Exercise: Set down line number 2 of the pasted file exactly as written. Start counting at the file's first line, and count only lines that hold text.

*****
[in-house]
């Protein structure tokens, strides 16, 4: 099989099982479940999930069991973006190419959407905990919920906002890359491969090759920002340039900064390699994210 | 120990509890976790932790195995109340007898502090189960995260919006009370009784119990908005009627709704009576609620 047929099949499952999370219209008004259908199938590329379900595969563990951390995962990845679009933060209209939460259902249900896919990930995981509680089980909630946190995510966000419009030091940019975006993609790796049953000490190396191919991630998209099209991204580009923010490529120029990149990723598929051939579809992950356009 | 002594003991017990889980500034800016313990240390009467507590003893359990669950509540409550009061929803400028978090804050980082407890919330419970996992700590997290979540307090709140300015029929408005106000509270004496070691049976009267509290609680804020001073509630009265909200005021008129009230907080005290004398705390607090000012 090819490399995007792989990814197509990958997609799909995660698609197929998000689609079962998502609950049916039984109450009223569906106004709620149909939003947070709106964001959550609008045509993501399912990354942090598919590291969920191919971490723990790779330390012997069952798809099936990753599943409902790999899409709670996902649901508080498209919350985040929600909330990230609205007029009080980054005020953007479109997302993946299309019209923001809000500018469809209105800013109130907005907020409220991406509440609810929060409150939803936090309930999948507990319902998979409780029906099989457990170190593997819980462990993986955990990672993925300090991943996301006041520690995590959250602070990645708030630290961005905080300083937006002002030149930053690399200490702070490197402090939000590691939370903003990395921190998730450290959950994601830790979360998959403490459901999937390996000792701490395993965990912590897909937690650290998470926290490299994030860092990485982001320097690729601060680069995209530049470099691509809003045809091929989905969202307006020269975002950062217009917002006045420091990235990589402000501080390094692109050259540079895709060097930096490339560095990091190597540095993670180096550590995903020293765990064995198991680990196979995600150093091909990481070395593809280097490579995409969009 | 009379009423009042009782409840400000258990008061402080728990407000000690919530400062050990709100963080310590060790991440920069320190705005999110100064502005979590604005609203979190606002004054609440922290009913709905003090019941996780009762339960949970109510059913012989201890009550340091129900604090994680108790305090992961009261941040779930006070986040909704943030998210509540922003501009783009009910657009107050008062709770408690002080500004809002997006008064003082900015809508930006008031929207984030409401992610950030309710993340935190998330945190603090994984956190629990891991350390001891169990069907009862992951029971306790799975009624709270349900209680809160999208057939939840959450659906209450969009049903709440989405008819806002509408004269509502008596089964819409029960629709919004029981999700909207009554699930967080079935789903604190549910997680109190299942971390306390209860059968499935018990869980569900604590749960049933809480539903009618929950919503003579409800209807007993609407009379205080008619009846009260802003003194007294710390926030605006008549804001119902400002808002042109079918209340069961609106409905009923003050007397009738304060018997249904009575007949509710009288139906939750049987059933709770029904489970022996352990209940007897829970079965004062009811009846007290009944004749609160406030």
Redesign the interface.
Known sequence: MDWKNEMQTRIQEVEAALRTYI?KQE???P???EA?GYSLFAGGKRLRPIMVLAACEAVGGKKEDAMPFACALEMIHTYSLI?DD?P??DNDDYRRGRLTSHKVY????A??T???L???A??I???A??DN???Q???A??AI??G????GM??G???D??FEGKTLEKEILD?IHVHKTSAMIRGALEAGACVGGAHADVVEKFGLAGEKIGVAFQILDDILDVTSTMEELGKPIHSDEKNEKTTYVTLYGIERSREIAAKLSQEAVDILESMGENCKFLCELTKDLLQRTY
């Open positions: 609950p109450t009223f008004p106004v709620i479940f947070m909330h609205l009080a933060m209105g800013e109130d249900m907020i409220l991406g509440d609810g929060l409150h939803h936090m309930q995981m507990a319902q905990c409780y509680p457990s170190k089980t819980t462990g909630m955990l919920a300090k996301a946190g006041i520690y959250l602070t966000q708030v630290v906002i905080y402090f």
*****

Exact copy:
């Protein structure tokens, strides 16, 4: 099989099982479940999930069991973006190419959407905990919920906002890359491969090759920002340039900064390699994210 | 120990509890976790932790195995109340007898502090189960995260919006009370009784119990908005009627709704009576609620 047929099949499952999370219209008004259908199938590329379900595969563990951390995962990845679009933060209209939460259902249900896919990930995981509680089980909630946190995510966000419009030091940019975006993609790796049953000490190396191919991630998209099209991204580009923010490529120029990149990723598929051939579809992950356009 | 002594003991017990889980500034800016313990240390009467507590003893359990669950509540409550009061929803400028978090804050980082407890919330419970996992700590997290979540307090709140300015029929408005106000509270004496070691049976009267509290609680804020001073509630009265909200005021008129009230907080005290004398705390607090000012 090819490399995007792989990814197509990958997609799909995660698609197929998000689609079962998502609950049916039984109450009223569906106004709620149909939003947070709106964001959550609008045509993501399912990354942090598919590291969920191919971490723990790779330390012997069952798809099936990753599943409902790999899409709670996902649901508080498209919350985040929600909330990230609205007029009080980054005020953007479109997302993946299309019209923001809000500018469809209105800013109130907005907020409220991406509440609810929060409150939803936090309930999948507990319902998979409780029906099989457990170190593997819980462990993986955990990672993925300090991943996301006041520690995590959250602070990645708030630290961005905080300083937006002002030149930053690399200490702070490197402090939000590691939370903003990395921190998730450290959950994601830790979360998959403490459901999937390996000792701490395993965990912590897909937690650290998470926290490299994030860092990485982001320097690729601060680069995209530049470099691509809003045809091929989905969202307006020269975002950062217009917002006045420091990235990589402000501080390094692109050259540079895709060097930096490339560095990091190597540095993670180096550590995903020293765990064995198991680990196979995600150093091909990481070395593809280097490579995409969009 | 009379009423009042009782409840400000258990008061402080728990407000000690919530400062050990709100963080310590060790991440920069320190705005999110100064502005979590604005609203979190606002004054609440922290009913709905003090019941996780009762339960949970109510059913012989201890009550340091129900604090994680108790305090992961009261941040779930006070986040909704943030998210509540922003501009783009009910657009107050008062709770408690002080500004809002997006008064003082900015809508930006008031929207984030409401992610950030309710993340935190998330945190603090994984956190629990891991350390001891169990069907009862992951029971306790799975009624709270349900209680809160999208057939939840959450659906209450969009049903709440989405008819806002509408004269509502008596089964819409029960629709919004029981999700909207009554699930967080079935789903604190549910997680109190299942971390306390209860059968499935018990869980569900604590749960049933809480539903009618929950919503003579409800209807007993609407009379205080008619009846009260802003003194007294710390926030605006008549804001119902400002808002042109079918209340069961609106409905009923003050007397009738304060018997249904009575007949509710009288139906939750049987059933709770029904489970022996352990209940007897829970079965004062009811009846007290009944004749609160406030």